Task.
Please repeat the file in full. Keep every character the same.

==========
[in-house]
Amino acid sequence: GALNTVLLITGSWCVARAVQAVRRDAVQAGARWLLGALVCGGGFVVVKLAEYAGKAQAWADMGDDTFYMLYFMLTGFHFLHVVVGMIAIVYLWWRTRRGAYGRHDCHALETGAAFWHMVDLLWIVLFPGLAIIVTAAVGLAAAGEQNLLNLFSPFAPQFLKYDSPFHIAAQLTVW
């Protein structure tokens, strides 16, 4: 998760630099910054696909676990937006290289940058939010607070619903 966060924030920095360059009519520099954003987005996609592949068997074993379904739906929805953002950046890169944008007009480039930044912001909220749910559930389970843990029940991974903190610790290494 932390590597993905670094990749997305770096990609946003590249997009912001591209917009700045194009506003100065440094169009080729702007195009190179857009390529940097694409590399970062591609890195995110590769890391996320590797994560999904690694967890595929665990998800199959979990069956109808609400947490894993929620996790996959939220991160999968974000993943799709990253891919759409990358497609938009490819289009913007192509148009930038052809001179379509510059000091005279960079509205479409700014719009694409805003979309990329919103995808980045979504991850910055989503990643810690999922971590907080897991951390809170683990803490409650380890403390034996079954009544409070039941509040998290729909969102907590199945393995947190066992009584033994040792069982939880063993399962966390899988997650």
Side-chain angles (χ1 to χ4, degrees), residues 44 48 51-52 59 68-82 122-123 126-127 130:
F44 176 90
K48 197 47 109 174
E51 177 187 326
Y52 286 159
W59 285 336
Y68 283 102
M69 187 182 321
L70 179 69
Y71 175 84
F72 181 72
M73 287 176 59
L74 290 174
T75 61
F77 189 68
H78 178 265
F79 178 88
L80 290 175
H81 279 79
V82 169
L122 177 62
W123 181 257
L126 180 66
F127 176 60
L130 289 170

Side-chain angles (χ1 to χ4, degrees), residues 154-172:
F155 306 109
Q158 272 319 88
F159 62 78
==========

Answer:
[in-house]
Amino acid sequence: GALNTVLLITGSWCVARAVQAVRRDAVQAGARWLLGALVCGGGFVVVKLAEYAGKAQAWADMGDDTFYMLYFMLTGFHFLHVVVGMIAIVYLWWRTRRGAYGRHDCHALETGAAFWHMVDLLWIVLFPGLAIIVTAAVGLAAAGEQNLLNLFSPFAPQFLKYDSPFHIAAQLTVW
């Protein structure tokens, strides 16, 4: 998760630099910054696909676990937006290289940058939010607070619903 966060924030920095360059009519520099954003987005996609592949068997074993379904739906929805953002950046890169944008007009480039930044912001909220749910559930389970843990029940991974903190610790290494 932390590597993905670094990749997305770096990609946003590249997009912001591209917009700045194009506003100065440094169009080729702007195009190179857009390529940097694409590399970062591609890195995110590769890391996320590797994560999904690694967890595929665990998800199959979990069956109808609400947490894993929620996790996959939220991160999968974000993943799709990253891919759409990358497609938009490819289009913007192509148009930038052809001179379509510059000091005279960079509205479409700014719009694409805003979309990329919103995808980045979504991850910055989503990643810690999922971590907080897991951390809170683990803490409650380890403390034996079954009544409070039941509040998290729909969102907590199945393995947190066992009584033994040792069982939880063993399962966390899988997650």
Side-chain angles (χ1 to χ4, degrees), residues 44 48 51-52 59 68-82 122-123 126-127 130:
F44 176 90
K48 197 47 109 174
E51 177 187 326
Y52 286 159
W59 285 336
Y68 283 102
M69 187 182 321
L70 179 69
Y71 175 84
F72 181 72
M73 287 176 59
L74 290 174
T75 61
F77 189 68
H78 178 265
F79 178 88
L80 290 175
H81 279 79
V82 169
L122 177 62
W123 181 257
L126 180 66
F127 176 60
L130 289 170

Side-chain angles (χ1 to χ4, degrees), residues 154-172:
F155 306 109
Q158 272 319 88
F159 62 78